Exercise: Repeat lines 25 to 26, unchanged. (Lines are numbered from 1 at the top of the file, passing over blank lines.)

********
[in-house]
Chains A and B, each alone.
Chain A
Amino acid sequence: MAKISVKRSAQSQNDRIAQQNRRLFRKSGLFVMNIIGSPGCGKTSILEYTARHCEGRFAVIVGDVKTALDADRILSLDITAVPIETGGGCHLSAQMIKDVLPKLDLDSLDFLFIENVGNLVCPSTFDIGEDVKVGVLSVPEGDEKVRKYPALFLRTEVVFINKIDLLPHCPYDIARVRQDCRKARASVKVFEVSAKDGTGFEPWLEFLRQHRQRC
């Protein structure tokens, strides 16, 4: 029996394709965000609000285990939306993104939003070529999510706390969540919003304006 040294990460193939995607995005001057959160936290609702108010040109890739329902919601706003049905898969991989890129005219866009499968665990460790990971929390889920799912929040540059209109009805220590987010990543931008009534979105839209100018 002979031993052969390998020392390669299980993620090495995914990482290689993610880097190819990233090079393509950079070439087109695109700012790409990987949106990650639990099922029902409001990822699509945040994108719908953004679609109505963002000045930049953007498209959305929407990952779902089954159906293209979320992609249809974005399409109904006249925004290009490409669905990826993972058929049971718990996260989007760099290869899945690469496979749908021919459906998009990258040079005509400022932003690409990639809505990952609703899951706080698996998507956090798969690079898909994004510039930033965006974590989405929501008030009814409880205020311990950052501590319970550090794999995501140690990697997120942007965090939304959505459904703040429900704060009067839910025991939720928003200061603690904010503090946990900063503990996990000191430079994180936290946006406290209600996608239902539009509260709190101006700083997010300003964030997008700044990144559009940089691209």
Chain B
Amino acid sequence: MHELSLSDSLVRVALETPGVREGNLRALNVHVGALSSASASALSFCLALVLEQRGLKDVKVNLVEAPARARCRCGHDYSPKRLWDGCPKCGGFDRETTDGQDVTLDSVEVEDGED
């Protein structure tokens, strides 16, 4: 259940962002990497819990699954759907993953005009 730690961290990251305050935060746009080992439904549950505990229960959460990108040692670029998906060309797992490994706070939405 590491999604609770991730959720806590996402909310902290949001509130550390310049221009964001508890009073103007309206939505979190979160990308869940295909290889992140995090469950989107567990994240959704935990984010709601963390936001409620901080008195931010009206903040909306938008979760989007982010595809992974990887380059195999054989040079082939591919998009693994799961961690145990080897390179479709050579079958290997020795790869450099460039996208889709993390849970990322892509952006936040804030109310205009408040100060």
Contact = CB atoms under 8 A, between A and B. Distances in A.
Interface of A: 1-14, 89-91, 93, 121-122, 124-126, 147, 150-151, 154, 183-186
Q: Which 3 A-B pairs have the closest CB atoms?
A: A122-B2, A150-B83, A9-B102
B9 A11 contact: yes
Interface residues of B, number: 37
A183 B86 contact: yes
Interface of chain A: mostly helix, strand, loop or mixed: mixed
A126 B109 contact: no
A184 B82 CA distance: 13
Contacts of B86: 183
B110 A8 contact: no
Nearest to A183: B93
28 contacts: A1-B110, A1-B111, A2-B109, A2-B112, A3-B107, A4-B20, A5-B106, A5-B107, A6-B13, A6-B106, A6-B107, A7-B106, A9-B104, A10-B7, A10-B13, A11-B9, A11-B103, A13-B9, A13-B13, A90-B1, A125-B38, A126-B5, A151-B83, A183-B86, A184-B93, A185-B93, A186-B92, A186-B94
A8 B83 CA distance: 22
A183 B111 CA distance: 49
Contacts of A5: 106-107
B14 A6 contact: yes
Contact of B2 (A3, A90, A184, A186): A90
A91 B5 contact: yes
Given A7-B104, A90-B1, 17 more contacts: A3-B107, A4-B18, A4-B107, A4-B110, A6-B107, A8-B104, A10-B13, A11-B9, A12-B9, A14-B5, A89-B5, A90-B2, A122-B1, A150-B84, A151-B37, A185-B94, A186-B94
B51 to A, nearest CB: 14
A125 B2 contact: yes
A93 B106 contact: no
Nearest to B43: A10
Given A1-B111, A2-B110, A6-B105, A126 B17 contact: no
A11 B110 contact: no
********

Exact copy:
Contacts of A5: 106-107
B14 A6 contact: yes